Accordingly, it is an object of this invention to provide a method and apparatus for body care and especially for oral hygiene, which obviates the problems of the prior art.
It is another object of this invention to provide a method and apparatus for fractionating liquid jets into a plurality of unitary, discrete liquid droplets for use in body care, and especially for use in oral hygiene for stimulating the gum tissues and for cleaning the teeth and interdental spaces.
It is a more specific object of this invention to provide, in one embodiment thereof, means for imparting vibrations to a nozzle for transmitting liquid from a reservoir under pressure thus to fractionate the jet into a plurality of liquid masses.
It is an additional object of this invention, and another'embodiment thereof, to provide a nozzle structure which iscapable of producing a plurality of unitary, discrete liquid droplets without requiring means for imparting a vibration to the nozzle.
It is still another object of this invention to consider the effect of various parameters such as the ejection velocity of the jet, the velocity of fluid flow through the nozzle, the nozzle diameter, the frequency of vibration, and the like, on the production of a plurality of such droplets for successively impacting a selected area to be massaged and/or cleaned.
It is an additional object of this invention to consider, in addition to the parameters mentioned above, the effect of nozzle rugosity, the effect of buffer zone damping, and the relative efficiency of certain body care devices.
These and other objects of this invention will become apparent from the written description of the invention which follows, taken in conjunction with the accompanying drawings.
BRIEF DESCRIPTION OF THE INVENTION This invention, directed to overcoming the problems of the prior art and to achieving the aforementioned objects, comprises a method and apparatus for fractionating liquid jets into a plurality of discrete, unitary liquid droplets which, when projected onto an area of the body stimulate and clean that area. In particular. such liquid droplets, when projected on the teeth and- /or gums of the user, stimulate the gum tissues and clean the teeth and interdental spaces. Such a system for the practice of oral hygiene generally comprises a reservoir for the liquid, such as water or water and a suitable mouthwash, nozzle means for projecting a liquid to a desired location in the mouth of the user, and
4 means for supplying the liquid under pressure from the reservoir to the nozzle member. According to the invention, means are provided for-fractionating the liquid into aplurality of discrete unitary liquid droplets which are substantially free from voids within each of the droplets for successively impacting the area to be cleaned and/0r stimulated. In a first embodiment, means are provided for generating a vibration and for transmitting the vibrations to a nozzle means where the vibrations are imparted to the liquid passing therethrough to cause the liquid to divideinto a plurality of discrete, unitary liquid droplets after exiting from the nozzle means. The useful diameters of nozzle to produce such droplets are included in a range between about 0.2 and about 1.1-mm, and preferably between about 0.4 and 0.6 mm. The frequency of vibration is generally greater than about 200 cps to assure a minimum efficacy and less than about 5,000 cps to avoid cavitation in the fluid so that the droplets are substantially free from voids within each of the droplets. The diameter of the formed droplets is larger than the diameter of thenozzle opening from which they are issued, a factor which is opposite to that possessed by liquid droplets from jets produced by ultrasonic vibrations in which the diameter of the jet is smaller than the diameter of the opening. The ejection velocity of the jet is at least about 2 m/s which provides a certain efficacy and, at maximum, is about 7 m/s in the best cases. The ejection velocity is generally limited by the turbulence of the jet so that the ejection velocity is preferably in the range between about 2 and about 5 m/s. The liquid droplets thus formed according to the invention are entirely formed and separated when they are at a distance from the tip of the opening of the nozzle ranging from about 3 times to about times the diameter of the nozzle, and this distance appears to be proportional to the ejection speed of the liquid. The droplets produced according to the invention from a nozzle having a diameter of 0.2 mm for a preferred frequency of 500 cps and an ejection velocity of 5 m/sec have a surface pressure of 3.82 g/cm and a weight of 0.239 mg (for water) for droplets having a diameter of0.77 mm. Under the same conditions of frequency and ejection velocity, droplets from a nozzle having a diameter of 1.1 mm have a di ameter of 2.6 mm, a surface pressure of 1.13 g/cm and a weight of 9.2 mg. The development of these parameters, both calculated and observed, is discussed in' greater detail hereinafter in this description of the invention.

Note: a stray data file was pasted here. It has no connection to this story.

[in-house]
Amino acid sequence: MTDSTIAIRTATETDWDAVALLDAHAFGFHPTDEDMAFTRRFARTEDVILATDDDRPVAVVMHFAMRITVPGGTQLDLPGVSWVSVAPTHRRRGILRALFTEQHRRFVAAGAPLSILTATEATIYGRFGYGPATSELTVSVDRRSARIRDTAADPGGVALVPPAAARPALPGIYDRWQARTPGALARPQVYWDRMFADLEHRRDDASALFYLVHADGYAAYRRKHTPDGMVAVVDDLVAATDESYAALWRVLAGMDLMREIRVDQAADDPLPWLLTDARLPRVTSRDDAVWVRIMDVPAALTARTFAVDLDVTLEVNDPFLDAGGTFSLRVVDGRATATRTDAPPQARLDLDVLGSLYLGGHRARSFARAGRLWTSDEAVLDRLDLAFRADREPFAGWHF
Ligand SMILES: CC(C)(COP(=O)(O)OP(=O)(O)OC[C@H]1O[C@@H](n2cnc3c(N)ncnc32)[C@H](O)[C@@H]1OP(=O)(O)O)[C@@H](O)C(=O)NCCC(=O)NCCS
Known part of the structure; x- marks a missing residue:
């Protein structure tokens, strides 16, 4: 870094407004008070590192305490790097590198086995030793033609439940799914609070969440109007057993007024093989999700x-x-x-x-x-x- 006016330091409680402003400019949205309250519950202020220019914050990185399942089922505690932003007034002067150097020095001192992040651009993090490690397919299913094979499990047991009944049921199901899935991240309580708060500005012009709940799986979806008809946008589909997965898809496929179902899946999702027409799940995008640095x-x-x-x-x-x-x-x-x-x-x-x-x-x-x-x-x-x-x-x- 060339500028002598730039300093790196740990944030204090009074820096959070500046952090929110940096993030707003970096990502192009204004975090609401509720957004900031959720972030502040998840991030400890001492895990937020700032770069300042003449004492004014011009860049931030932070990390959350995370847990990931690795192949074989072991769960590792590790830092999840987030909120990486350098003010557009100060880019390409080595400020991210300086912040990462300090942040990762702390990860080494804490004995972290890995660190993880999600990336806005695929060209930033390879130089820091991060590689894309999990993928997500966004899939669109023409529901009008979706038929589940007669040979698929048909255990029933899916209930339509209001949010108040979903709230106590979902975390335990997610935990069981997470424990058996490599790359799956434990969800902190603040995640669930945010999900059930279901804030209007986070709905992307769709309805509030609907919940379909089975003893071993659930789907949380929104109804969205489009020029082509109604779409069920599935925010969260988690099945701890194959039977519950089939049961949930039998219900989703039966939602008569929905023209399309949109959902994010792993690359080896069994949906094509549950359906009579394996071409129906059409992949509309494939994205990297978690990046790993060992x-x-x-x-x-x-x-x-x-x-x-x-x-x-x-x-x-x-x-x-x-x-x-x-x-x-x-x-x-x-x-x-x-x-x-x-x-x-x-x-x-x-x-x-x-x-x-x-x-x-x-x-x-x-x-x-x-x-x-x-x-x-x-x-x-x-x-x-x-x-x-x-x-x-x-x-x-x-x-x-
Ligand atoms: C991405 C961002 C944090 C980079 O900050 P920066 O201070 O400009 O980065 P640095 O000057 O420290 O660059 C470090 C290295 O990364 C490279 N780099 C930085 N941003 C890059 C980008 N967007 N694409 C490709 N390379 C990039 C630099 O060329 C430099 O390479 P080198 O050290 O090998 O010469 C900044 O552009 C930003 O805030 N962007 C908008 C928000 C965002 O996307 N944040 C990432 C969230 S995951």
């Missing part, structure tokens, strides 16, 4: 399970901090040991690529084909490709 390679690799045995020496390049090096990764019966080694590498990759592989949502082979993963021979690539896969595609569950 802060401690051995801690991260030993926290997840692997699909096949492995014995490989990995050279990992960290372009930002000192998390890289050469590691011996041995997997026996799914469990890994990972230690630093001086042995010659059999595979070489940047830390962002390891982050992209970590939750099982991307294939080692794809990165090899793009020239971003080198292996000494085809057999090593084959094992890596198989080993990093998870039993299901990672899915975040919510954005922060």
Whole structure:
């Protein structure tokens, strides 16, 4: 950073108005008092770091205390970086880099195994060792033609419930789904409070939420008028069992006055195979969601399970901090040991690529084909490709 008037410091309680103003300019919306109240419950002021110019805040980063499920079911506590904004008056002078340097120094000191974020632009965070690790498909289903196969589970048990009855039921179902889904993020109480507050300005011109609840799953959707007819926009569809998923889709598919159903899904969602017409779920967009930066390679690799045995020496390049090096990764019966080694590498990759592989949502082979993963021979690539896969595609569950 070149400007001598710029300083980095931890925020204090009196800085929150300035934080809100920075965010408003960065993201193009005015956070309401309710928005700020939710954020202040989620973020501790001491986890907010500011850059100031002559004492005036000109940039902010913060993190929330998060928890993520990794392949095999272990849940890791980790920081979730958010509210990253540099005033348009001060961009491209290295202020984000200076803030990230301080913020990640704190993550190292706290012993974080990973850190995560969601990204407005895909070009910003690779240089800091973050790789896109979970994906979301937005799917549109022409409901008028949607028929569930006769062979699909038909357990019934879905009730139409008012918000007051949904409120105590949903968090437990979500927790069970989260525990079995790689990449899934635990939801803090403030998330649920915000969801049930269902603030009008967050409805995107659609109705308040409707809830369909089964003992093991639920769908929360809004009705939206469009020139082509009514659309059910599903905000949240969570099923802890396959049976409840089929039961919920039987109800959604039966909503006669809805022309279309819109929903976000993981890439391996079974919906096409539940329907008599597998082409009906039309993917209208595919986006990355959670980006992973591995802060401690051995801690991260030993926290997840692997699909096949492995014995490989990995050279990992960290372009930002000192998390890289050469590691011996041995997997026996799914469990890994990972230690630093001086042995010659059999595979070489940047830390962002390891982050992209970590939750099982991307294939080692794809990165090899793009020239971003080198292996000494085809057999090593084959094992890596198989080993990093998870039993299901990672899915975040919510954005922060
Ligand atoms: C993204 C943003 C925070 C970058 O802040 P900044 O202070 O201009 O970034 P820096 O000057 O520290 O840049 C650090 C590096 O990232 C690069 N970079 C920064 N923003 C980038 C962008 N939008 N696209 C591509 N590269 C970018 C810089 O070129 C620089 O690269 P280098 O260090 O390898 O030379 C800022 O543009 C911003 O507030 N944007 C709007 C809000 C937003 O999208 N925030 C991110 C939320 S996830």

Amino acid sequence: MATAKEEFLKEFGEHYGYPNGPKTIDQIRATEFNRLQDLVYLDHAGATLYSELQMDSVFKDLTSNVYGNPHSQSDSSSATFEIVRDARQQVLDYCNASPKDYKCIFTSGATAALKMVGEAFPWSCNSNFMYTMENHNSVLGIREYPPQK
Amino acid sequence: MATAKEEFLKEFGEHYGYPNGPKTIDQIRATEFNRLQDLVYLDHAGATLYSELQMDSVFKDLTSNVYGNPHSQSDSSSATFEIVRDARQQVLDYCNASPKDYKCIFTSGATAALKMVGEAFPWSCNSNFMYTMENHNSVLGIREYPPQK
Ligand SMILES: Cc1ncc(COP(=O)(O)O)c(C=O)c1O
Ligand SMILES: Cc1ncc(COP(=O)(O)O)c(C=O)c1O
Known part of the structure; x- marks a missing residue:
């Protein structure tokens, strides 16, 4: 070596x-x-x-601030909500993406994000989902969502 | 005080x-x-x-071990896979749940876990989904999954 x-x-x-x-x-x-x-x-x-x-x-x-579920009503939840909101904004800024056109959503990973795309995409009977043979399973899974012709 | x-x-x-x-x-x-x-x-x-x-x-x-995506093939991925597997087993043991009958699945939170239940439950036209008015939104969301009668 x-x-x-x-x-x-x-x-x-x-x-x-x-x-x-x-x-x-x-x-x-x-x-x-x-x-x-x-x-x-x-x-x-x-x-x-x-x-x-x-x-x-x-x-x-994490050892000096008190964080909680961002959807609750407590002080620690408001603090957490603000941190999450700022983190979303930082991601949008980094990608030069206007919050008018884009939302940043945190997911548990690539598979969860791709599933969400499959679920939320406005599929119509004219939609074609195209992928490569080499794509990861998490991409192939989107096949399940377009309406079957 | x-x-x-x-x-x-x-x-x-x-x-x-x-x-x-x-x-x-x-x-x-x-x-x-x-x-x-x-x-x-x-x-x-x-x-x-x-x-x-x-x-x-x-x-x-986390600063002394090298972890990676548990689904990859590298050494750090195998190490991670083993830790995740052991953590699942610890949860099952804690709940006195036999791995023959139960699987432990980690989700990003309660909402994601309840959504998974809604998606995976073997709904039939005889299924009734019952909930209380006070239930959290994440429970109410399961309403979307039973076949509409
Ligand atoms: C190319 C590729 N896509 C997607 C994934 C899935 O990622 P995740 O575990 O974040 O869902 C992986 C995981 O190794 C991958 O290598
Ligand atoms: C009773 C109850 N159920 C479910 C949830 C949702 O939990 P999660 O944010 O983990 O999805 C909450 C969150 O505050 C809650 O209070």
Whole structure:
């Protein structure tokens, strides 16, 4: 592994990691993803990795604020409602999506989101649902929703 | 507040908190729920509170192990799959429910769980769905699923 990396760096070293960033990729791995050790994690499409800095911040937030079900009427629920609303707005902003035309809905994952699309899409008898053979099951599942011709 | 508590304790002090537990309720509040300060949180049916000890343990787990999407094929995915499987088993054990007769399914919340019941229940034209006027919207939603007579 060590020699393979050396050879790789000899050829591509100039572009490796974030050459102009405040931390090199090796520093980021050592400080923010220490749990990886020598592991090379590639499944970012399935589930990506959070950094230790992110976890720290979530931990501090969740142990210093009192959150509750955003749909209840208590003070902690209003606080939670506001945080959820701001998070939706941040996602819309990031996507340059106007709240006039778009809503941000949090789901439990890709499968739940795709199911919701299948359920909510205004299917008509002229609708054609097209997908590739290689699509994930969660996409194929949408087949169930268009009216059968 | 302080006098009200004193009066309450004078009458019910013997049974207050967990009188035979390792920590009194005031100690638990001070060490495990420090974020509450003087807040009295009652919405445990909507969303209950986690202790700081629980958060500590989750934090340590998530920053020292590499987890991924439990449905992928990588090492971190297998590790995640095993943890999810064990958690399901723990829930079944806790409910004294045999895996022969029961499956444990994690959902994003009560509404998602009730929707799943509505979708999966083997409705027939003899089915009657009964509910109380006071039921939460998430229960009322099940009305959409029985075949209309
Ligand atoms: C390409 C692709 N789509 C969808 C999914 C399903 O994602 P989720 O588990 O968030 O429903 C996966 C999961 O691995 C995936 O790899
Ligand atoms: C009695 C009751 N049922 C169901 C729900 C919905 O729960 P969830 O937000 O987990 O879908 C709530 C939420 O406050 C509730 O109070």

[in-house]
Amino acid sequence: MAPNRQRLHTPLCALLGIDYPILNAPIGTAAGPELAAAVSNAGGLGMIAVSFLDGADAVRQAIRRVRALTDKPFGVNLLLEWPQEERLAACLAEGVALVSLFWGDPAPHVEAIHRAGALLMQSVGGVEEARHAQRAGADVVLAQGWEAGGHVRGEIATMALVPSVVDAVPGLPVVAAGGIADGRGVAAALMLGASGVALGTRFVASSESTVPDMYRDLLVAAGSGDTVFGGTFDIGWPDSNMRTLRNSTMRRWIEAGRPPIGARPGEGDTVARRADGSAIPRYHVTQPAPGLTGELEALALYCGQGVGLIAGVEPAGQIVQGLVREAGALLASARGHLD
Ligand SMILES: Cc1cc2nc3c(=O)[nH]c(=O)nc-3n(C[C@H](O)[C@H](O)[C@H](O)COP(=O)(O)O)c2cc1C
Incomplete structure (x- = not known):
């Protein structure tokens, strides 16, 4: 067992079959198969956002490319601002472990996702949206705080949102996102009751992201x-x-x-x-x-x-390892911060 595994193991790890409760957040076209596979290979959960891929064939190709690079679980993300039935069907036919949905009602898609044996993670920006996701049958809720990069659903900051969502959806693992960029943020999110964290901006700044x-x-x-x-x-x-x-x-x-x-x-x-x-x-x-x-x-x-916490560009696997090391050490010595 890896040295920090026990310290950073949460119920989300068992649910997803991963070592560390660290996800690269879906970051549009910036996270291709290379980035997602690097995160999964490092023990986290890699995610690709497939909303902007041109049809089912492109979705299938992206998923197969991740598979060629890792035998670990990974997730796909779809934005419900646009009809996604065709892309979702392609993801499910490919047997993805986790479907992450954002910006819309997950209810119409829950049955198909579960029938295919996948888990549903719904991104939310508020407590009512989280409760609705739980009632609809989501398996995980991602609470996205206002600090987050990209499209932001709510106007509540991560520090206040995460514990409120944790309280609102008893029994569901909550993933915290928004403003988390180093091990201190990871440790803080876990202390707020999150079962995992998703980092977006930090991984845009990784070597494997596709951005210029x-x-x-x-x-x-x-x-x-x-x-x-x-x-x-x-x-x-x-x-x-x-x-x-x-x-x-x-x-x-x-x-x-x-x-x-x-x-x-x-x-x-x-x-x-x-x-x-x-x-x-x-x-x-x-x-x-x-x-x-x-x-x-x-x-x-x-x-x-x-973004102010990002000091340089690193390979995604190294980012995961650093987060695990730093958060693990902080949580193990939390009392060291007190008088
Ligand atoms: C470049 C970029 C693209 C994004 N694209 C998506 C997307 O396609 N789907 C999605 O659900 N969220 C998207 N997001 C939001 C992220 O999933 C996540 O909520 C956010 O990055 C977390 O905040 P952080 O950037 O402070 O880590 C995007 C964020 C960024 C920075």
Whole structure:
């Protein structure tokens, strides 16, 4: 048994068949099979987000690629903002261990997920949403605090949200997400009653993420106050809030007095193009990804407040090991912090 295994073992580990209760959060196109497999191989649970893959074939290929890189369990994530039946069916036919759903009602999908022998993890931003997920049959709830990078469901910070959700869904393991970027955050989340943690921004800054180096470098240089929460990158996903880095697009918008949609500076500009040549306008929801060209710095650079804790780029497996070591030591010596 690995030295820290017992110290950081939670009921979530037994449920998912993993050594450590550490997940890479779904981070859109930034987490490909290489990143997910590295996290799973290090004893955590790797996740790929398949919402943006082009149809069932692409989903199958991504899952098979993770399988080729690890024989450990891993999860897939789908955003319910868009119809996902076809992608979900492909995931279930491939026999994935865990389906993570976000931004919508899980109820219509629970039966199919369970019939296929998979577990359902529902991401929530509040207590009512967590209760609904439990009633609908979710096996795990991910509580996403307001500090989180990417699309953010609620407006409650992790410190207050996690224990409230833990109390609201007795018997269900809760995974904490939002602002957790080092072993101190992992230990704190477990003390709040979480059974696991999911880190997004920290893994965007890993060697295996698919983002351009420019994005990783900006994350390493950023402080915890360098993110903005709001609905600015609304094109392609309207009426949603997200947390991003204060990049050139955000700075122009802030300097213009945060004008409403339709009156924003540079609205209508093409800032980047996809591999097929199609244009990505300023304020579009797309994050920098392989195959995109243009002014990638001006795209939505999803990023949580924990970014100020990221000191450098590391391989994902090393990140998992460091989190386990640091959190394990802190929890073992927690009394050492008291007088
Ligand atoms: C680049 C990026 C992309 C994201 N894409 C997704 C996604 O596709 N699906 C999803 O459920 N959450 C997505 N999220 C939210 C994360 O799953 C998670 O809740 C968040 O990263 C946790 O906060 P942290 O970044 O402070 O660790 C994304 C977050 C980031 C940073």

In a second embodiment, the construction of the nozzle member and the nozzle means causes the jet to be fractionated. An obturating member is disposed in the free end of the nozzle member and includes a plurality of passages therethrough. Since the cross-sectional area of each of the passages in the obturating member is much smaller than the adjacent liquid conduit in the nozzle member, an aberration of the streamline of the liquid is established which causes the liquid to fractionate into unitary, discrete liquid droplets after the liquid exits from the free end of the nozzlemember.
The effect of the damping on the later-arriving liquid by liquid resting on the surface of impact is largely overcome by the successive impacting of the fractionated liquid jet according to the invention. The impact rate is substantially equal to the number of droplets produced by the fractionating means per unit of time.